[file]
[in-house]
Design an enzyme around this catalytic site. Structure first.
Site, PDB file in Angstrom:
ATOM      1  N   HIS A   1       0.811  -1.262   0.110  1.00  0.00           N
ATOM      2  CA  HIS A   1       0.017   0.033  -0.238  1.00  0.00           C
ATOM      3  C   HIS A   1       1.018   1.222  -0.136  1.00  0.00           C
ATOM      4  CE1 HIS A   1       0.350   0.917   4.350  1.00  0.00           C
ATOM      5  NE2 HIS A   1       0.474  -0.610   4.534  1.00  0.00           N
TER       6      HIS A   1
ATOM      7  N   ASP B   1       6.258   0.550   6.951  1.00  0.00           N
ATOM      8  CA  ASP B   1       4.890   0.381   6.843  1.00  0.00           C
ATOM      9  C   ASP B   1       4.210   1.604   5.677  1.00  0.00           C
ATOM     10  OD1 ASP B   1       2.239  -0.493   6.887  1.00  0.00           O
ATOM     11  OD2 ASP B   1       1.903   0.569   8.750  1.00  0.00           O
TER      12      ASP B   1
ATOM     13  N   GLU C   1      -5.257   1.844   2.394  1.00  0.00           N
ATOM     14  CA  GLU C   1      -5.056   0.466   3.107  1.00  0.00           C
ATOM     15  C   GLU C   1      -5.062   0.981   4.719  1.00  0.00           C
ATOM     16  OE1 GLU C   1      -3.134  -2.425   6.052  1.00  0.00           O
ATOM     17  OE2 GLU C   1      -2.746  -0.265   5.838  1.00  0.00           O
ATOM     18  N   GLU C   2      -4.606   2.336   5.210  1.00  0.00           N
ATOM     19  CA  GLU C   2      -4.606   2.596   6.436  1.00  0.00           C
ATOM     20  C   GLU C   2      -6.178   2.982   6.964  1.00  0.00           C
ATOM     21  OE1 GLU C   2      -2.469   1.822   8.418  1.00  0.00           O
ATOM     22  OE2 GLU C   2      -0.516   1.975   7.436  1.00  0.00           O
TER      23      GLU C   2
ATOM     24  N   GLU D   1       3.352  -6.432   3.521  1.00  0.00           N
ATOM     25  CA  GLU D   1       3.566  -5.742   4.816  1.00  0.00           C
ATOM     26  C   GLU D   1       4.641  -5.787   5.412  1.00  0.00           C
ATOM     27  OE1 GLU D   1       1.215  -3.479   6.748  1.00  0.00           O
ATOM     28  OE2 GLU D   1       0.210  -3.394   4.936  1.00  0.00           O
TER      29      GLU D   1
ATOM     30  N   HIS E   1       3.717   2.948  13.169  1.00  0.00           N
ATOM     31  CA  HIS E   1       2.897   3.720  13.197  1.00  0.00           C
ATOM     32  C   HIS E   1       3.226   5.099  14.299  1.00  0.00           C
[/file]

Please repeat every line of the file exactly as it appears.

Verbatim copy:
[in-house]
Design an enzyme around this catalytic site. Structure first.
Site, PDB file in Angstrom:
ATOM      1  N   HIS A   1       0.811  -1.262   0.110  1.00  0.00           N
ATOM      2  CA  HIS A   1       0.017   0.033  -0.238  1.00  0.00           C
ATOM      3  C   HIS A   1       1.018   1.222  -0.136  1.00  0.00           C
ATOM      4  CE1 HIS A   1       0.350   0.917   4.350  1.00  0.00           C
ATOM      5  NE2 HIS A   1       0.474  -0.610   4.534  1.00  0.00           N
TER       6      HIS A   1
ATOM      7  N   ASP B   1       6.258   0.550   6.951  1.00  0.00           N
ATOM      8  CA  ASP B   1       4.890   0.381   6.843  1.00  0.00           C
ATOM      9  C   ASP B   1       4.210   1.604   5.677  1.00  0.00           C
ATOM     10  OD1 ASP B   1       2.239  -0.493   6.887  1.00  0.00           O
ATOM     11  OD2 ASP B   1       1.903   0.569   8.750  1.00  0.00           O
TER      12      ASP B   1
ATOM     13  N   GLU C   1      -5.257   1.844   2.394  1.00  0.00           N
ATOM     14  CA  GLU C   1      -5.056   0.466   3.107  1.00  0.00           C
ATOM     15  C   GLU C   1      -5.062   0.981   4.719  1.00  0.00           C
ATOM     16  OE1 GLU C   1      -3.134  -2.425   6.052  1.00  0.00           O
ATOM     17  OE2 GLU C   1      -2.746  -0.265   5.838  1.00  0.00           O
ATOM     18  N   GLU C   2      -4.606   2.336   5.210  1.00  0.00           N
ATOM     19  CA  GLU C   2      -4.606   2.596   6.436  1.00  0.00           C
ATOM     20  C   GLU C   2      -6.178   2.982   6.964  1.00  0.00           C
ATOM     21  OE1 GLU C   2      -2.469   1.822   8.418  1.00  0.00           O
ATOM     22  OE2 GLU C   2      -0.516   1.975   7.436  1.00  0.00           O
TER      23      GLU C   2
ATOM     24  N   GLU D   1       3.352  -6.432   3.521  1.00  0.00           N
ATOM     25  CA  GLU D   1       3.566  -5.742   4.816  1.00  0.00           C
ATOM     26  C   GLU D   1       4.641  -5.787   5.412  1.00  0.00           C
ATOM     27  OE1 GLU D   1       1.215  -3.479   6.748  1.00  0.00           O
ATOM     28  OE2 GLU D   1       0.210  -3.394   4.936  1.00  0.00           O
TER      29      GLU D   1
ATOM     30  N   HIS E   1       3.717   2.948  13.169  1.00  0.00           N
ATOM     31  CA  HIS E   1       2.897   3.720  13.197  1.00  0.00           C
ATOM     32  C   HIS E   1       3.226   5.099  14.299  1.00  0.00           C